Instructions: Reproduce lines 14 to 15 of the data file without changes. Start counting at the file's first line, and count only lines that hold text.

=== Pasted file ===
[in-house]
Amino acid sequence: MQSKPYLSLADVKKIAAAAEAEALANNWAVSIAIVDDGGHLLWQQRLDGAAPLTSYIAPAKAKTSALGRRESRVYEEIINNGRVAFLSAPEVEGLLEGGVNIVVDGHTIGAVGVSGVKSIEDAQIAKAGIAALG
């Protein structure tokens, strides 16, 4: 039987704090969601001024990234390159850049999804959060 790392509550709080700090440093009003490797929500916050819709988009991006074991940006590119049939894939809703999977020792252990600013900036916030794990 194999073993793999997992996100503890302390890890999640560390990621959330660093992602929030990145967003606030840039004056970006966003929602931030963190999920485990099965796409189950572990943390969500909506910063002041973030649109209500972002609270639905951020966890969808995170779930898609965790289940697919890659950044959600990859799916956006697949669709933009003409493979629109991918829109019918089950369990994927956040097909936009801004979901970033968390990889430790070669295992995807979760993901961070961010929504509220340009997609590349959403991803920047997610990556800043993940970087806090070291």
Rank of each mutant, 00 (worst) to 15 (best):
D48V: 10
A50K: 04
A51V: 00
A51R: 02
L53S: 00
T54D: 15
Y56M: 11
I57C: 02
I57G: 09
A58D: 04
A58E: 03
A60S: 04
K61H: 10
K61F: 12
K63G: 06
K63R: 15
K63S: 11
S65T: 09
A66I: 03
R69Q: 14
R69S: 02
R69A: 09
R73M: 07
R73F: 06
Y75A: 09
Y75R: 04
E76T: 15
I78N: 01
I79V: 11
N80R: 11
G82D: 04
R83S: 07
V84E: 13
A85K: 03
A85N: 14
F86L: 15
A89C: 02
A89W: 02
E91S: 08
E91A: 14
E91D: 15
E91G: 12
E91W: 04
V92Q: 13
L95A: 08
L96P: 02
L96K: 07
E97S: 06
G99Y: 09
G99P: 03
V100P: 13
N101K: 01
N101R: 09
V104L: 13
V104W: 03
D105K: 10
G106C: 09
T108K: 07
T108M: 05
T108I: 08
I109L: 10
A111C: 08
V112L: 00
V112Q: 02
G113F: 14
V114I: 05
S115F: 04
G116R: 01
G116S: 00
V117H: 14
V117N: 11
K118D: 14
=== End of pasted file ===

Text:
A58D: 04
A58E: 03